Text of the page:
Also there is no other word as American as the word “stogie.” It refers to an American product and derives its name from Conestoga. The drivers of the six-horse teams that set out over the mountains, westward-bound, wanted a good, long smoke of rich Lancaster tobacco.
What is the meaning and origin of the Indian word, Conestoga?
In 1608, one year after the first English settlement in America, Capt. John Smith explored the lower reaches of the Susquehanna River and drew a map of the region. His explorations carried him as far north as the Octorara Creek in Maryland, but he did not reach the present boundaries of Pennsylvania.
In 1670 Augustin Hermann, one of the patentees of the settlement of German Mystics at Bohemia Manor, explored Susquehanna and constructed a map on which the creek is shown and its name spelled Onestego. The Bohemia Manor settlement was similar, in some respects, to the Ephrata community. It was located in present day Maryland, not far from Chesapeake City. Bohemia River, Maryland, a favorite fishing spot for many Berks countians, derives its name from the old-time religious settlement.
On Franquelin’s map of 1684, two years after the Penn Settlement point of the junction of the Conestoga and the Susquehanna is marked and named Conestoga Fort. On Popple’s map of 1733 the creek itself is named Conestoga and as early as 1704 William Penn had made a treaty with the Indians of Conestoga Manor.
The French explorers had learned of these Indians on the Susquehanna and had named them the Andastes. To the Virginians they were known as the Susquehannocks. They were part of the Iroquois family and in that confederacy they were known as the Conestogas which means “the people of the forked roof poles.”
The term Andastes is much older than the Iroquois name Conestoga. In one of his earlier journal Conrad Weiser speaks of an Andastes fort that he came upon in the wilderness north of Muncy, PA. His red companions on that journey informed him that the Andastes had once been a powerful tribe, but that was before the memory of any person living then. The Iroquois conquered these people in 1685 and many of them fled to North Carolina. Weiser’s discovery of the fort was in 1737.
The Rev. John Heckewelder was a Moravian missionary who spent many years among the Indians of Pennsylvania and Ohio. During the corse of his life among them he learned their language and, in 1822, published his “List of Names” and their meanings. Berks Countians will be interested to clip and file this article for reference because we have selected all of the names which Mr. Heckewelder gave about places in Berks.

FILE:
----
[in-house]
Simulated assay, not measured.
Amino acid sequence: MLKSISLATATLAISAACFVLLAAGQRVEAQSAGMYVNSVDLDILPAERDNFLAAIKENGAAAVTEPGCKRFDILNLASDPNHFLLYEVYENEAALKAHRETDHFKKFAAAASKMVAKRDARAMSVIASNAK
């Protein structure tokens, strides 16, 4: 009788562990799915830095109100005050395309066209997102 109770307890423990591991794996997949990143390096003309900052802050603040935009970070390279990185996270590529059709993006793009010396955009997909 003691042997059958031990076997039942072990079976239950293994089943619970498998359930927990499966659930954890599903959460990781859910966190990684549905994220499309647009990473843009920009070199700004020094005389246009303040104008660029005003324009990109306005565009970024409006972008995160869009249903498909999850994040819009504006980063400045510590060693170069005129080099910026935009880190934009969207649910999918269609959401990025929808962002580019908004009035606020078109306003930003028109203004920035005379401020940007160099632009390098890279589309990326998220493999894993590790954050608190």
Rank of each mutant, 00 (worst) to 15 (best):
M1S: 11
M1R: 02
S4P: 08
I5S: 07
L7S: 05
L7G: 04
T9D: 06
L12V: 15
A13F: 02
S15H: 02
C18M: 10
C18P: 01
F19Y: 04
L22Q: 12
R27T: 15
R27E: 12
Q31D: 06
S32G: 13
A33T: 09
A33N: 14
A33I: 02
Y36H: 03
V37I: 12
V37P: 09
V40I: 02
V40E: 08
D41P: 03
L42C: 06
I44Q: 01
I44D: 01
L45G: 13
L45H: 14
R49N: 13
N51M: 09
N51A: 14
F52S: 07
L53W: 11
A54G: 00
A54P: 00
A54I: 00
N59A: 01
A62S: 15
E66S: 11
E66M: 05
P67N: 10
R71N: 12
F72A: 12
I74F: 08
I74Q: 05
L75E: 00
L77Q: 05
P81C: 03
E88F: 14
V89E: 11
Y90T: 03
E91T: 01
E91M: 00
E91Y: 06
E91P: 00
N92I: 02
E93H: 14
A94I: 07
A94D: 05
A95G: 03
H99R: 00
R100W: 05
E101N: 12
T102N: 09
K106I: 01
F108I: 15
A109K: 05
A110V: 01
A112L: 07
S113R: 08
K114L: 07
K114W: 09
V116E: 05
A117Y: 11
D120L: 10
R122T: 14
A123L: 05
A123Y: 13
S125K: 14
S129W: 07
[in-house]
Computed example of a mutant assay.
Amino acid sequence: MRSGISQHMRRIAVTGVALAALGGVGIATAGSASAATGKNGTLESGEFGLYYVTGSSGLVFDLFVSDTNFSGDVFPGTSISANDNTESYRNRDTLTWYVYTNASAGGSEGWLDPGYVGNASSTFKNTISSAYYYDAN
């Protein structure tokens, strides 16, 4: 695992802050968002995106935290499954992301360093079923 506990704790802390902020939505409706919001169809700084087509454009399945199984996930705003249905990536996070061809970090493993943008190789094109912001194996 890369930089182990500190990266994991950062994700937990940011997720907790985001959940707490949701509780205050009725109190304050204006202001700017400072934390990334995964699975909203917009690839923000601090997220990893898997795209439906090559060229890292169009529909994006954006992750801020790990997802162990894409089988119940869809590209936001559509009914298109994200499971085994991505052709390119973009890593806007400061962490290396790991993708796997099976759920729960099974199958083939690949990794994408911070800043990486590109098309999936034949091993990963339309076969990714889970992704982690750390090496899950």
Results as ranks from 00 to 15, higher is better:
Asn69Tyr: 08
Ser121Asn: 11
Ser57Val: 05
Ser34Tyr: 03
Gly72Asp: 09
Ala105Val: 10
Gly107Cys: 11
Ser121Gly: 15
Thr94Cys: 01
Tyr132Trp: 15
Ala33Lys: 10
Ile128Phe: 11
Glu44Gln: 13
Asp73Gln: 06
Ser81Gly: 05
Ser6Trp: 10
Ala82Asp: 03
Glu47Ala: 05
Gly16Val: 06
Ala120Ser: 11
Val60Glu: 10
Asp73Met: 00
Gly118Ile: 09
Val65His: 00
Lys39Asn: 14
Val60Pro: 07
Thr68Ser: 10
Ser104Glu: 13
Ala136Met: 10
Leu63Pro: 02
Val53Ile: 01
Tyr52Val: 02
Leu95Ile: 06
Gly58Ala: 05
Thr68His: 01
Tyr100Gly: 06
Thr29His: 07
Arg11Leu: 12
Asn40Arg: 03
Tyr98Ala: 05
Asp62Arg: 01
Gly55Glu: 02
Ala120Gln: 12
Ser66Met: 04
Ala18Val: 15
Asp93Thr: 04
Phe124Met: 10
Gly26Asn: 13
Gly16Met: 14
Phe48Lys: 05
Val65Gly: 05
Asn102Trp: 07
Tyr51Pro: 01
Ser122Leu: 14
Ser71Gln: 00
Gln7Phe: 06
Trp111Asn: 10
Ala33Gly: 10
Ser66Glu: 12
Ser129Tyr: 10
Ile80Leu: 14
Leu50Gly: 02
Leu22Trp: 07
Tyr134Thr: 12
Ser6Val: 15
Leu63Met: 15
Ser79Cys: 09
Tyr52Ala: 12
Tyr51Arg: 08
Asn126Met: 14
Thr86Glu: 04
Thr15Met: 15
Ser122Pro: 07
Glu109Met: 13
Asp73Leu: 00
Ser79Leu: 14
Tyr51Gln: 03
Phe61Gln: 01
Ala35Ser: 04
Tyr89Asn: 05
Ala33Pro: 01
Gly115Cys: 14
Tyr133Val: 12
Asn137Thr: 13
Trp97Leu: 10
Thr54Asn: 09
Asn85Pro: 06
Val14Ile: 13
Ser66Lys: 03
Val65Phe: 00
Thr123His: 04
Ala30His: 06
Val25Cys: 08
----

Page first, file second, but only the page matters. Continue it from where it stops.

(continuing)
Tulpehocken – Tulphocoon – Tulpewihacki – the land abounding with turtles. (One recent writer was misled to state that Tulpehocken meant land of the tulip- ed.)
Cacoosing – Cocoosing – Gokhosing – the resort of owls.
Monocacy – Manakasy – Menagassi – creeks with some large bends.
Manatawny – Menatawny – Menetonik – where we drank (were drunk)
Maxatawny – Machsithanne – the stream on which the bears have a path.
Moselem – Maschilamekhanne – trout creek.
Oley – Olink – Wolink – Olo – Wahlo – a cavern cell, a sink hole, a hole dug to bury things – or a track of land surrounded by hills.
In Lancaster County
Cocalico – Achgookwalico – a stream issuing from a mountain.
Conewago – Guneuagi – a long strip of land.
Other Pennsylvania Names
Pocono – Pokohanne – a stream issuing from a mountain.
Mahantango – where we had much venison.
Tobyhanna – a stream on which shrubbery grows luxuriously.
Philip Guinther cleared a settlement at Lehigh Landing soon after the war for Independence. Lehigh Landing, near present day Mauch Chunk (Present day Jim Thorpe) later was given the more classical name of Lausanne. Phillip fended for a living for his family by hunting in the Bear Mountain or Mauch Chunk Mountain as it was known to the Indians. He shot the game and sold the surplus meats and hides to nearby stores in exchange for the commodities that his family needed.
One night he returned from the hunt dispirited because he had not bagged any meat for his hungry family. Slowly he trod the summit of Mauch Chunk Mountain. Dejectedly his head hung low. A drizzling rain dampened his spirits and he knew that his brood of youngsters were hungry for meat and he had none. It was twilight and his eyes were not keen. His foot stumbled and an object was loosened from the crust of the earth. There was enough light, however to show him that the stone upon which he had stumbled was, black, very black.
Philip Guinther had heard of the stone coal which some Indians had brought to a blacksmith in Powder Valley. He picked up the rock which his foot had dislodged and carried it to his cabin. The next day he carried the stone to Col. Jacob Weiss who was then stationed at Fort Allen now Lehighton. The colonel was alert to recognize the possibilities of the discovery, and, accordingly, he took the specimen to Michael Hillegas and others who were qualified to adjudge the merits of the ore. It was anthracite coal.
Michael Hillegas and his partners formed the “Lehigh Coal Mine Company” in 1792. They paid Philip Guinter a handsome sum to lead them to the spot where he had stumbled. With the money realized from his adventure Philip Guinther built a grist mill near his original settlement and abandoned his hunting activities.
From 1792 until 1806 the Mauch Chunk Mines were not operated on large scale. Stone coal was used only by blacksmiths and a few forges. After Shoemaker showed the world how stone coal could be burned in furnaces it became black gold indeed. In 1820 Lehigh Coal Company mined only 365 tons. Thirty-five years later, in 1855 it produced 1,275,000 tons of the black mineral. The total tonnage prior to the Civil War was almost 10,000,000 tons from the Lehigh Coal Region.